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Belarus in Focus 2011

15 Nov

Tereza Supova, Lidove noviny (Czech Republic)


486

Letters to belarusian prisoners

Not just me but also Darya snuffled, but she was explaining to me that belarusian president Alexander Lukashenko, because of savings, decided to postpone the start of the heating season. And so I was also complaining, although I didn´t know how embarrassingly, of my hotel.

"I hope there is not cold in prison," Darya reacted. "What prison?" I asked. "The prison where is my husband now. They put him in jail for ten days," she said. Alexander Atroshchankau was together with other opposition activists detained just few days before demonstration, which was supposed to be held in Minsk. Just preemptively. The pretext for arrests were mostly "destruction of public property" or "hooliganism". I was chatting with Darya about her job and at the end of the meeting she said: "But if I didn´t believe that the future will be better, I would not do it."

Four years passed and Darya´s husband Alexander is back in prison, but this time he is serving draconian penalty - for participating in a demonstration after the presidential elections last December, he was given four years in maximum security prison. But Darya didn´t look resignedly. "I´m really proud of him. I am proud that even when they threatened him with fifteen years and they tortured him, he passed through all this with dignity. Everything he did, he did right," she said.       

However she admits that she manages to survive mainly due to the hope that her husband could be released sooner. "I hope to meet him as soon as possible and he will be free at that time. I don´t think he will be there for whole four years. I hope that something will change, because Lukashenko is really in a very difficult situation," she added. And sets her hopes on European Union. Just few days ago EU expanded it´s list of belarusian officials, who cannot travel to European Union. According to Darya there was number of programs in TV, where the belarusian government has complained how horrible is that EU has banned them to travel. But in the end this list probably doesn´t mean any advance.

Darya´s colleague, Andrey Dmitriev (former presidential candidate Uladzimir Nyaklyaev campaign chief of staff, sentenced to two years probation), who came to Prague with her, said that "there are still repressions in the country, continuing persecutions of activists and independent media". Press conference at the headquarters of the Civic Belarus organization was also attended by other former presidential candidate Ales Mikhalevich, who recently received political asylum in Czech Republic (by the way, Minsk is now asking for his extradition for prosecution in Belarus, I hope no one here will do something like this. And I also hope that Ales will soon be able to meet his family and children, who are still in Belarus).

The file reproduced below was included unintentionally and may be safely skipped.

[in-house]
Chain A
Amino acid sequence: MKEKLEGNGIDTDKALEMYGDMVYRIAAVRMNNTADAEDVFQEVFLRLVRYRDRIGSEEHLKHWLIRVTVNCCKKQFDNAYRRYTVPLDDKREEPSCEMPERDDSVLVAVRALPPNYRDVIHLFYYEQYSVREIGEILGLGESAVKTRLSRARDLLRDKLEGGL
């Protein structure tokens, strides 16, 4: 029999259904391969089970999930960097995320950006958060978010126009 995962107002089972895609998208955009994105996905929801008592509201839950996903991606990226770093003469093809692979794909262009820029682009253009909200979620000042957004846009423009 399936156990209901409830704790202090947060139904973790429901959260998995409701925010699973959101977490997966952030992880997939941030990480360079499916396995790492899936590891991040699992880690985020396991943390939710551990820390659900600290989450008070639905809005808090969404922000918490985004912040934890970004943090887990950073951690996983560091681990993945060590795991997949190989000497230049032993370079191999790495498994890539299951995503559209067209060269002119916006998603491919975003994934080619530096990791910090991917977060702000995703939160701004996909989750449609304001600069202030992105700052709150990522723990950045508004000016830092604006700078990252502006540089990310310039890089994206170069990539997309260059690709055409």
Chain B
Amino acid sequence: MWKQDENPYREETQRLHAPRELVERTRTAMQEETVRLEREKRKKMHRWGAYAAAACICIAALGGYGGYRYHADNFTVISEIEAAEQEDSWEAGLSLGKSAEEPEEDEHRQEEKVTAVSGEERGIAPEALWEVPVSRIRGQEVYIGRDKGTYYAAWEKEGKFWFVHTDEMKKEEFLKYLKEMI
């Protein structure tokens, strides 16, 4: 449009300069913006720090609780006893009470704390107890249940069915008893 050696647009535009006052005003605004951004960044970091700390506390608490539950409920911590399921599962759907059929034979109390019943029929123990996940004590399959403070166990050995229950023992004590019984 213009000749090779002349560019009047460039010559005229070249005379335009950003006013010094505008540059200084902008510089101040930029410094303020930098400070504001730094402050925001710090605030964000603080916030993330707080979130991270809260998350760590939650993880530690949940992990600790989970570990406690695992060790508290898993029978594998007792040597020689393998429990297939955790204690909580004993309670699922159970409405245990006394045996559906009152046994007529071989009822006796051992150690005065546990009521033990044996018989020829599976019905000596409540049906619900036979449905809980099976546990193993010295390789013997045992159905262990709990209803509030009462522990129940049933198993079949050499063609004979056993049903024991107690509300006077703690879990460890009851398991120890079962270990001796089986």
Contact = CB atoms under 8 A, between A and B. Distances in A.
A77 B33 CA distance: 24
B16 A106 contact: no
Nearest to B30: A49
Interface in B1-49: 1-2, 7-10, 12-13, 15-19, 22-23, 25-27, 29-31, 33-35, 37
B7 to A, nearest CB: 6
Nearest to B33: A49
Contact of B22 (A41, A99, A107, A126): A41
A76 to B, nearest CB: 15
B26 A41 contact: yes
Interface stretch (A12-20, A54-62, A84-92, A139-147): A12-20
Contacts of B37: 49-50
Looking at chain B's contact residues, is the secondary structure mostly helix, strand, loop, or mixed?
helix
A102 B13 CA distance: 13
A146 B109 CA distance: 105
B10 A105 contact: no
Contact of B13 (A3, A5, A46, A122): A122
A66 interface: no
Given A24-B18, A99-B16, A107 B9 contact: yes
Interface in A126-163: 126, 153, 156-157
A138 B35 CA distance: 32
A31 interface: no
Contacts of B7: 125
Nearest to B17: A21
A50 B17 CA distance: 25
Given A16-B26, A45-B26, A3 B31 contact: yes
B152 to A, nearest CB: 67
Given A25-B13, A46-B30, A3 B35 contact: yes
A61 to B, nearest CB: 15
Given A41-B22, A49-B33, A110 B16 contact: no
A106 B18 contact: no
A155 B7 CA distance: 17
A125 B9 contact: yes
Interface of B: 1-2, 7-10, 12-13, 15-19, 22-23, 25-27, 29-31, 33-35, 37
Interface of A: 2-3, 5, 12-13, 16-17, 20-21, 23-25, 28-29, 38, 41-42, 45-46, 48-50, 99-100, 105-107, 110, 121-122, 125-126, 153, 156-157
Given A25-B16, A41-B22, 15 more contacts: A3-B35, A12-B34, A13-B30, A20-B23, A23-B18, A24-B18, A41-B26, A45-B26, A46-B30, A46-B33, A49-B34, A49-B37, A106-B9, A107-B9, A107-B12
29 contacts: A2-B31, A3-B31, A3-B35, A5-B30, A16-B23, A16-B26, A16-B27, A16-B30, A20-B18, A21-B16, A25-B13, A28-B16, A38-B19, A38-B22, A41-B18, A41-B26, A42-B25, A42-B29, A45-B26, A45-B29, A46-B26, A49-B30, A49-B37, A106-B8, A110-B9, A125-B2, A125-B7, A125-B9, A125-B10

Ales, among other things, described terrible conditions in which prisoners are often held in Belarus. "Medical assistance was minimal. It was clear to us that we could die here. When I asked the doctor, whom we called Mengele, if I can take my pills, he replied: Do you think you´re in a nursing-home?," described Mikhalevich. Those are the things that European Union and the whole international community should try to change. According to lawyer Elena Tonkacheva should for example UN begin to investigate cases of torture of belarusian prisoners, focus on work of courts etc.    

Darya Korsak thinks that another thing that could help are targeted economic sanctions from European Union, not against the whole nation, but "reach into wallets" of the most powerful representatives of the regime. But these sanctions has, unfortunately, no sufficient support within the twenty-seven. And other thing is problem with visas to European Union - Belarusians has to pay for access to almost all EU countries 60 euros, what is not small amount of money. 

But there were not just negative things what Darya says. She unbends little bit, when she talks about how her husband in jail receives number of letters and postcards full of solidarity. “They are quite important,” she explains. Prison management didn´t venture to hurt him, when they see that he is well-known and he gets so much mail from foreign countries. Even Czech high school students wrote to him, their English teacher influenced them to do so. According to Darya he was really pleased. So Mrs. Teacher somewhere in Czech Republic, good job!

So if you would like and have a minute (and remember even in this modern era full of internet, how to write letters by hand) and couple of coins to buy mark, you can write to one of prisoners too. I do not guarantee anything, but the above case shows that your greetings will be received by that person in belarusian prison and he will be definitely very pleased. And maybe it will help so it is worth doing.

Ludove Noviny

 



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